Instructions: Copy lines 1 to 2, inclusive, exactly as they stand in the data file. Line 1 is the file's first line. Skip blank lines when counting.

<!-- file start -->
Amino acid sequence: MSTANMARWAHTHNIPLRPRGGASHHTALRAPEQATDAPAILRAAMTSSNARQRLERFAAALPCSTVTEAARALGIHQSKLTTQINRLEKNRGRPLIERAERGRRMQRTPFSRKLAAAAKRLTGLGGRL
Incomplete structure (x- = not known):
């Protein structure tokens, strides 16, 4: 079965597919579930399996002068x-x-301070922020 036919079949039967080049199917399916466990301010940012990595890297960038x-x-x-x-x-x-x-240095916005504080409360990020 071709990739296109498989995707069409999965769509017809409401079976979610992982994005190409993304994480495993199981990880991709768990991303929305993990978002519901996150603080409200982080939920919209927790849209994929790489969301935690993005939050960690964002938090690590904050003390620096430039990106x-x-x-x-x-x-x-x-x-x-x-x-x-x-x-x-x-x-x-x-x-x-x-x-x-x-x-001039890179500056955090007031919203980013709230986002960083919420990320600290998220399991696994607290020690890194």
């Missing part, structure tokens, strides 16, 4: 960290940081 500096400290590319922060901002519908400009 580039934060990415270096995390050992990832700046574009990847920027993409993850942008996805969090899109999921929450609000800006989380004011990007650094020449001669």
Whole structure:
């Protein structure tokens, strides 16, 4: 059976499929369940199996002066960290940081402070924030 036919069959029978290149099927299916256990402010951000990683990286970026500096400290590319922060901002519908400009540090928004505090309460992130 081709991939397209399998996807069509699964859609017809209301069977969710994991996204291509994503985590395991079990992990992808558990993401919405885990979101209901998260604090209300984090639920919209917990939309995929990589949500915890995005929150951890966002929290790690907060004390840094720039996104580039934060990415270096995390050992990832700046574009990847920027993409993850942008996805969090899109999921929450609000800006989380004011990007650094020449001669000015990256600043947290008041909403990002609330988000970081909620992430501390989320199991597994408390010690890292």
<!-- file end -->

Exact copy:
Amino acid sequence: MSTANMARWAHTHNIPLRPRGGASHHTALRAPEQATDAPAILRAAMTSSNARQRLERFAAALPCSTVTEAARALGIHQSKLTTQINRLEKNRGRPLIERAERGRRMQRTPFSRKLAAAAKRLTGLGGRL
Incomplete structure (x- = not known):